However, before I waded into battle with the Mégane, I thought that I should ease myself in with the Clio Silverstone. I’d wanted to drive a Clio RS of any kind for a long time. I was very close to buying one instead of my Mk V Golf GTI after reading review upon review which waxed lyrical about the car’s virtues. What ultimately stopped me getting the Clio was the car’s dimensions, which I deemed a little too small for my purposes, and the less than fantastic fuel consumption. But I was still aching to give it a go, and it was…..awesome! Anthropomorphic comparisons are over-used in car journalism, but to equate the car to an excited terrier is pretty spot on. The Clio’s 200 bhp 2.0l engine is naturally aspirated, so there’s no turbo-lag to contend with as there is on my Golf, and unlike the Mégane, the car doesn’t feature anything as sophisticated as a limited slip differential. Instead you simply harry it into the bends and hang on. Plough into the corner with too much speed and you can brake and make corrections mid-turn without being pitched off the road and into nearby foliage. Stick the power on before the apex, and it will try its very hardest to hold onto the road for you and pull through the corner. It is forgiving – a Catholic priest of a terrier, if you will. What that means is that an unskilled driver, such as my good self, can drive with said lack of skill and still go quite fast. The brakes are fantastic, and the Recaro seats are beautifully supportive. Which is a good thing, because the ride on the Cup chassis that the Silverstone employs is pretty crashy – it feels like the car has been set up precisely to lap Silverstone, rather than tackle the little B-roads I found around Stanford Hall in Leicestershire. I love the Clio because it is such an honest little car. It always feels like it’s on your side, like it’s your mate, egging you on to go faster and try harder. And that’s pretty much exactly what you want out of your hot hatch.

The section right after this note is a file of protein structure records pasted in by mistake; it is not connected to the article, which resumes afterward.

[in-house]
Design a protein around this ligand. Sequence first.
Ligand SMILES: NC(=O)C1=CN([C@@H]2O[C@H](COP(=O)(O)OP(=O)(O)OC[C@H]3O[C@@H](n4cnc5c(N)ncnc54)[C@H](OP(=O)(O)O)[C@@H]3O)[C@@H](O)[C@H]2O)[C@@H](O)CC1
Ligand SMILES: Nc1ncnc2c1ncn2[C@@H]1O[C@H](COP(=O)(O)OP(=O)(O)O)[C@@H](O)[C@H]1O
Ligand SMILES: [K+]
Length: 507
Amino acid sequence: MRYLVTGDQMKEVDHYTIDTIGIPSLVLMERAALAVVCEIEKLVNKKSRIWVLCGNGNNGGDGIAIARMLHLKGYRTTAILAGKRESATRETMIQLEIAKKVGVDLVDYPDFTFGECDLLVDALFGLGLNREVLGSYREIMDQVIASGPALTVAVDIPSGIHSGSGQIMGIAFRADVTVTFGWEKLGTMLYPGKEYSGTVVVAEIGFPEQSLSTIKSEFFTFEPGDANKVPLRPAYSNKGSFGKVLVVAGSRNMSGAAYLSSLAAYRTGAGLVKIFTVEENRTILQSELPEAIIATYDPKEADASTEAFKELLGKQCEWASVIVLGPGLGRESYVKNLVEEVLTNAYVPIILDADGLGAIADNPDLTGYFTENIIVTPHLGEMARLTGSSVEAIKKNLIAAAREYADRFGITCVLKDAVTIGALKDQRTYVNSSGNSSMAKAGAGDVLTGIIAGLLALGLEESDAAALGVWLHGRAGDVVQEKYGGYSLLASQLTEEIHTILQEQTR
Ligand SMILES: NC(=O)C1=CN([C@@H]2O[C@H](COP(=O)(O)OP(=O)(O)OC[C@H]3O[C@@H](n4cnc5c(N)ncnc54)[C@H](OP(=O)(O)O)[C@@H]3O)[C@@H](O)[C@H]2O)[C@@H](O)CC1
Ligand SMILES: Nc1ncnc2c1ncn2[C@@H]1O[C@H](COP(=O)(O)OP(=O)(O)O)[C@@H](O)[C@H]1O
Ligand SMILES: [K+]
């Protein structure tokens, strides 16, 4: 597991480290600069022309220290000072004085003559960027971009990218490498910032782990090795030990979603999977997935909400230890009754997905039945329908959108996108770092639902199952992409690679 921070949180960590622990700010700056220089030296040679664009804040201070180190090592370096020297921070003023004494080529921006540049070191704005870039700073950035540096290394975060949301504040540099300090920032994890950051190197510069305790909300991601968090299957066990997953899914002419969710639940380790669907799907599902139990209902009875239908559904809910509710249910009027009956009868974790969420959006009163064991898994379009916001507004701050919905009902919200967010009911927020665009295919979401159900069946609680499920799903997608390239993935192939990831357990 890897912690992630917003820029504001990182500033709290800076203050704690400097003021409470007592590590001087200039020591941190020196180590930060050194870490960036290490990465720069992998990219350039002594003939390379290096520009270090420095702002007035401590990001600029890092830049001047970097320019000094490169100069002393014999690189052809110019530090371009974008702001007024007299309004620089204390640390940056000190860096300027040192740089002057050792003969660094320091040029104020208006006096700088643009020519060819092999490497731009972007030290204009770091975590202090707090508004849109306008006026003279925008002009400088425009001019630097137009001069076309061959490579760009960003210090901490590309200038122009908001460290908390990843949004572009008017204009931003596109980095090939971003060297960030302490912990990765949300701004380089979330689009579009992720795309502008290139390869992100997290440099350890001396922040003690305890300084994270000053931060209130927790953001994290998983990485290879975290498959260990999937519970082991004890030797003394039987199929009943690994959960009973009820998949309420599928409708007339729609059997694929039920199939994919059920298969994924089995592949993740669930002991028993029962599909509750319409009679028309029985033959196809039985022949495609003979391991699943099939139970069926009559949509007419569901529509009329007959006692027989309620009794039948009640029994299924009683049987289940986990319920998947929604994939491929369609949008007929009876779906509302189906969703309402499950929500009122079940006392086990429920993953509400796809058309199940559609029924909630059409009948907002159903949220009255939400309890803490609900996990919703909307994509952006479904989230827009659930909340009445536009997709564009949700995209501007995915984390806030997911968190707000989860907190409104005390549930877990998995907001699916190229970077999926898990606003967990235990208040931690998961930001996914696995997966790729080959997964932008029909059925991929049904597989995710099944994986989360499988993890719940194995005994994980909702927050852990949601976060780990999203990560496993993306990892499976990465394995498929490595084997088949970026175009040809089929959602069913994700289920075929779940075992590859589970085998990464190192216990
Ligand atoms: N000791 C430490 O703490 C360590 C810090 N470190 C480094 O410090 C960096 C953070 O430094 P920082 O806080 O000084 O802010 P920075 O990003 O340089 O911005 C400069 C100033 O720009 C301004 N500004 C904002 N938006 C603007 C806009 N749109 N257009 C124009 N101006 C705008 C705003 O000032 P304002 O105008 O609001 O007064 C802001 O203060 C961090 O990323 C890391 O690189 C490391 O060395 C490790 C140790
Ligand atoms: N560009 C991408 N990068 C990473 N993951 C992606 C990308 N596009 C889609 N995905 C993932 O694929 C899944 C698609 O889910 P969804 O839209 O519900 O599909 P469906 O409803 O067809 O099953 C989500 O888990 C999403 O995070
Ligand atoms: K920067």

Megane. Ominous.